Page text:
Today is St George's Day, the English national day and possibly (probably not) Shakespeare's birthday. Englishmen today think of Henry V's speech at Agincourt, imagined by Shakespeare and played by Lord Olivier. 
‘Cry God for Harry, England and St. George!’
I wonder what Shakespeare, staunch Tory that he was, would think of modern England. I doubt if he would have cared for large-scale immigration. He had a very low view of Welshmen and Frenchmen and probably would not have liked Pakistanis.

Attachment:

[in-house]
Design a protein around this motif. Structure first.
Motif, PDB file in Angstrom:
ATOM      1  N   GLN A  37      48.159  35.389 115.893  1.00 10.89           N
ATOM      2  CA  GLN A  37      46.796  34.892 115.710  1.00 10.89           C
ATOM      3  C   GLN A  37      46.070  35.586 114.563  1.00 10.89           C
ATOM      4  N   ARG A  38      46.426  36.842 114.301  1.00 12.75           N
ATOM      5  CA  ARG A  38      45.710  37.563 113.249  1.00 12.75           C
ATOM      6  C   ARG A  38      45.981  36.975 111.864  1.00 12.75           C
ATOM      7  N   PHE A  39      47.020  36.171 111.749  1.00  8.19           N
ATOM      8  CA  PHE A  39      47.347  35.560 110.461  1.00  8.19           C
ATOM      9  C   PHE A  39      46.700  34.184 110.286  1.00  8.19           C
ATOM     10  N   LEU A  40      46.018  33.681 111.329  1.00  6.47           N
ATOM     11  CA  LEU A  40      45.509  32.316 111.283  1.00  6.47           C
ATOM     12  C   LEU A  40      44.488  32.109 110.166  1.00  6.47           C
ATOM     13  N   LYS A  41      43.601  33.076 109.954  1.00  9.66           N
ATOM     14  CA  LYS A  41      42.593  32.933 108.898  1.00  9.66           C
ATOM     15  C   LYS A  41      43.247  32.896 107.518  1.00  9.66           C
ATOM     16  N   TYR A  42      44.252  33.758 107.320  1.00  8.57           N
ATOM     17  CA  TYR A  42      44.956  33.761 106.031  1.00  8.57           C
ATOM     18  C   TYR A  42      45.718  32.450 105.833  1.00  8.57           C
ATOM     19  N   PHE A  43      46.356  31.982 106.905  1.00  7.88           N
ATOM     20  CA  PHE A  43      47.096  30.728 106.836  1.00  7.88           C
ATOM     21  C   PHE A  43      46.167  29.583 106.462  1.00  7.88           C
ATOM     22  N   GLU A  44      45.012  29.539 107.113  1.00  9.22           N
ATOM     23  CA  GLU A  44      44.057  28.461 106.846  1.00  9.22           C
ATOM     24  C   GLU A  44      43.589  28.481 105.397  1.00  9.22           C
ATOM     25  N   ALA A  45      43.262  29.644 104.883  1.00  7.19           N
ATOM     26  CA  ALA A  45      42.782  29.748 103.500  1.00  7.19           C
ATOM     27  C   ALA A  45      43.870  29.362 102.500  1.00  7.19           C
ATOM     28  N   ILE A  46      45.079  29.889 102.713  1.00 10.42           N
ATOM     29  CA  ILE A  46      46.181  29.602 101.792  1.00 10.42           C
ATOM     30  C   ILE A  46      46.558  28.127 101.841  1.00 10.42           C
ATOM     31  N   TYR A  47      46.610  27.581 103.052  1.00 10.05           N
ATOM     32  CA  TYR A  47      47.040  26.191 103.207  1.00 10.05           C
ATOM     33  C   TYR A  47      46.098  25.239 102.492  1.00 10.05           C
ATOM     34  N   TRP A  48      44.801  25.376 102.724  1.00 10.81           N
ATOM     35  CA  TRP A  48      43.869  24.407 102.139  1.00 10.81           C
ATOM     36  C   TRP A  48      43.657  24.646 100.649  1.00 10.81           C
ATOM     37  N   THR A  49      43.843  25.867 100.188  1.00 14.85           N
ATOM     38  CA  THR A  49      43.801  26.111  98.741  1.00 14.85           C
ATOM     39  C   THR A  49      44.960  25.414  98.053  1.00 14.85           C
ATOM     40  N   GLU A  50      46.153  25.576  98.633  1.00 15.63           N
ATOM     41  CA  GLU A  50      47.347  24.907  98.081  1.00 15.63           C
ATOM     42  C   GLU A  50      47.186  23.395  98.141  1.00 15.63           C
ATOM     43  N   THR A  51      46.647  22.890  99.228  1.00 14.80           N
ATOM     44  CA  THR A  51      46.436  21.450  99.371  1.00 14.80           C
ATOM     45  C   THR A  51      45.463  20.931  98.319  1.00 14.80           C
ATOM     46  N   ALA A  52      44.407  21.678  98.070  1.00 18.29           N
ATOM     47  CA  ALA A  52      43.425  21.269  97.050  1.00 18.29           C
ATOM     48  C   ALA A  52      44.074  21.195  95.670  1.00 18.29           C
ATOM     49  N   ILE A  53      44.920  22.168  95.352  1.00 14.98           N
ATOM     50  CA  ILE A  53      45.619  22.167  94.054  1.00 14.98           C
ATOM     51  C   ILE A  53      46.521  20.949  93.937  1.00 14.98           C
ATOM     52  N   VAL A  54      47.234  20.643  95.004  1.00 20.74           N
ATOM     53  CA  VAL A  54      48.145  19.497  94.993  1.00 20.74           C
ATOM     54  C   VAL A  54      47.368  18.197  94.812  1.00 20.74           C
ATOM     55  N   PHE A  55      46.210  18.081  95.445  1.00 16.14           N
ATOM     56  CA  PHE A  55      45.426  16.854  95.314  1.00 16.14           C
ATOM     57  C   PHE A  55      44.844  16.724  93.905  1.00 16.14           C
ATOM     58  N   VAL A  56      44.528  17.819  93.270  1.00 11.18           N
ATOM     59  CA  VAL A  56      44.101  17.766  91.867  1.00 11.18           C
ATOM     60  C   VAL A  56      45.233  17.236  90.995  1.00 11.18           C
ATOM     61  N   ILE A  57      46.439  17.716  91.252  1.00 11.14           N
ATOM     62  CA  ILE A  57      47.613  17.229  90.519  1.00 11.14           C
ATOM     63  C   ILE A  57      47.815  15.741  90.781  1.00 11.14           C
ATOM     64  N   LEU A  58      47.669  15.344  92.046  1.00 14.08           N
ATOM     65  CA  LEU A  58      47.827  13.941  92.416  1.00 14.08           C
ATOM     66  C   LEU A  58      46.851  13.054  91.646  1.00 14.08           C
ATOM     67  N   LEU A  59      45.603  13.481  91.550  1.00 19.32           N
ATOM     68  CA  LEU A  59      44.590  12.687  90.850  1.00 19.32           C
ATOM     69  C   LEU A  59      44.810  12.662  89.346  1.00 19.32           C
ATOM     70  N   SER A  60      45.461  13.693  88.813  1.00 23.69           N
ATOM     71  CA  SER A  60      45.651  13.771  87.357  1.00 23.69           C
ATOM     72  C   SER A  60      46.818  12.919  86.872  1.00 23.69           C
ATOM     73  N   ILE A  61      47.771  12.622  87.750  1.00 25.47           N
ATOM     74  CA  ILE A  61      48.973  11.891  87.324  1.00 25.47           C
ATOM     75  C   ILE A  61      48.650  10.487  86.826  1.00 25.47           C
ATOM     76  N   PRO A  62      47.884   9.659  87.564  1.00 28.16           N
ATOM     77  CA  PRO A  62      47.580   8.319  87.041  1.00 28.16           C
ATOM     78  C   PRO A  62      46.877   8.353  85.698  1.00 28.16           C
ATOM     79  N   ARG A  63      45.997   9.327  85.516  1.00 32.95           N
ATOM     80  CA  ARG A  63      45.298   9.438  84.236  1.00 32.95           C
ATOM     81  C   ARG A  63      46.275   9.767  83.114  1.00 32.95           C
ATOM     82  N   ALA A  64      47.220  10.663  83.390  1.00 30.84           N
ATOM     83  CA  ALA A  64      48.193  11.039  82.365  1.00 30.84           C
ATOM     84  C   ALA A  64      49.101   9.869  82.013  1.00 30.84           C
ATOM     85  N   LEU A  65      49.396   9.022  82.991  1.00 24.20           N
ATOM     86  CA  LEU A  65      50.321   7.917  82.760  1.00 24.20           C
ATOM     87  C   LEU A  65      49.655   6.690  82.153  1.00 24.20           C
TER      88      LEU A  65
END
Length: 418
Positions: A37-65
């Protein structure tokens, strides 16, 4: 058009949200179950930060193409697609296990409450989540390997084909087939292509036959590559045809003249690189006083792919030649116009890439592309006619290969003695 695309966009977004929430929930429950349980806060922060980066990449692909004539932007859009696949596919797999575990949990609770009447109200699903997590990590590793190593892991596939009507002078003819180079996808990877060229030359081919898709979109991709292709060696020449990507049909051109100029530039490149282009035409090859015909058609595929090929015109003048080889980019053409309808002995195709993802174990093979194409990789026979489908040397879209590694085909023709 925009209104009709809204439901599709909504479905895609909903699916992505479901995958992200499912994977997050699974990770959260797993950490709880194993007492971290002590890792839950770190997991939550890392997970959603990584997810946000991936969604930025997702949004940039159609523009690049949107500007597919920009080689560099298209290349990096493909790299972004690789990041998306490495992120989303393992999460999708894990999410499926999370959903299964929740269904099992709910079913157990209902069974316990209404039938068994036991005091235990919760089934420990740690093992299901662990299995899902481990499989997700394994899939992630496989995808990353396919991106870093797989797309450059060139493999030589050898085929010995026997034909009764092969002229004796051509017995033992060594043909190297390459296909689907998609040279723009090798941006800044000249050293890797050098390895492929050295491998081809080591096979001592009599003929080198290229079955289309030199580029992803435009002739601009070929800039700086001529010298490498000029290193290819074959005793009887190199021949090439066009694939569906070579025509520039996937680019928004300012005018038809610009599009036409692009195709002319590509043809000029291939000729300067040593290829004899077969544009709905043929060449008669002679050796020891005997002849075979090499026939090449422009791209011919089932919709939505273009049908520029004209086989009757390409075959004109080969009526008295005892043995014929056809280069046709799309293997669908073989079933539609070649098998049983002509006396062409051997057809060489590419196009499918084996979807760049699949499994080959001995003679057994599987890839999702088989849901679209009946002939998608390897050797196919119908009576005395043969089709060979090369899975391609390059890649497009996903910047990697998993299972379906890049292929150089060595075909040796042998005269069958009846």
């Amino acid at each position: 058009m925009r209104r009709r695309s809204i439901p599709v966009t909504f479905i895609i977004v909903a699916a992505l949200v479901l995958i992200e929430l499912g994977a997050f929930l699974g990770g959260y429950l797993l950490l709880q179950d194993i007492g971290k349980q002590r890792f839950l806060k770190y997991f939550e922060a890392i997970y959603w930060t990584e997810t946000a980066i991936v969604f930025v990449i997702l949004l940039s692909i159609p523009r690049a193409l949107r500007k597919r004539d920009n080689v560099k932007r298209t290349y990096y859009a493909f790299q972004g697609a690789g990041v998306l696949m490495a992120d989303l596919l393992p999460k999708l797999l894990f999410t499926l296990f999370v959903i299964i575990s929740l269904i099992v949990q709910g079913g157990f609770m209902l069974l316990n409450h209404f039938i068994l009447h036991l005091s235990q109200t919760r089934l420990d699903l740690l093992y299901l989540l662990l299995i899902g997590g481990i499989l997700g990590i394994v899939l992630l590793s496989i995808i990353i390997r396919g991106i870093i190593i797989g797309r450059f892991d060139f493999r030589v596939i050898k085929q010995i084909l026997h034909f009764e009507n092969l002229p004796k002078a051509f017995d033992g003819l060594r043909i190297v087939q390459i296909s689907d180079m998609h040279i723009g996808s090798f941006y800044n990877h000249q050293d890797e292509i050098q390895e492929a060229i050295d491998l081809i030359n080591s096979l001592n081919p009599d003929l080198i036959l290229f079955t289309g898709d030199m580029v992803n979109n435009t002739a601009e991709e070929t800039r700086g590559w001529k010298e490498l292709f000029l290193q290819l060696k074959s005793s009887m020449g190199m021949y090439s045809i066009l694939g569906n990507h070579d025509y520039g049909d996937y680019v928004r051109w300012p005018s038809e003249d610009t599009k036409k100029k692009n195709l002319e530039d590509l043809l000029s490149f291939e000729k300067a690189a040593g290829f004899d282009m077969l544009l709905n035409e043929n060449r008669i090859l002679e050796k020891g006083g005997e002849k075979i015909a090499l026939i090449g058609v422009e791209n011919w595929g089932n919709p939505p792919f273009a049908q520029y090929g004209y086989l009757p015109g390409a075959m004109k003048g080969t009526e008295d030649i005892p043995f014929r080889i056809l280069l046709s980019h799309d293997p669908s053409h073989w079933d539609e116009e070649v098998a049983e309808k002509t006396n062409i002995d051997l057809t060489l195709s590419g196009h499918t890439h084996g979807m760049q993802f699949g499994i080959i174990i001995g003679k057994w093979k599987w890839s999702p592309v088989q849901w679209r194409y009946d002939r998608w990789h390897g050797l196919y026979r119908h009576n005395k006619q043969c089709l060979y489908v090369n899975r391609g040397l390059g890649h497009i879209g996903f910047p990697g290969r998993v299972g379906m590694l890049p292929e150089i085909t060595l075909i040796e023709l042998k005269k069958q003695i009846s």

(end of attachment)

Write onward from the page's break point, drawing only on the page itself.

When I was an undergraduate at Cambridge in the early 1980s, when no-one was aware of St George’s Day and no-one kept up this custom, I always wore a red rose in my buttonhole. I’d have been much happier at Oxford. Now I confess to be becoming unsure about St George's Day. In the 1980s patriots waved the union flag (patriots were extremely few in the UK in those days, as now, and students' unions banned the flag on the grounds of it being racist and making ethnic minority students feel uncomfortable, then as now). Now our football supporters have decided that they are English, not British, and have taken up the English flag, thereby passing up a wonderful means of infuriating the Scotch and Welsh by waving the Union flag when supporting England. What fools people are. 

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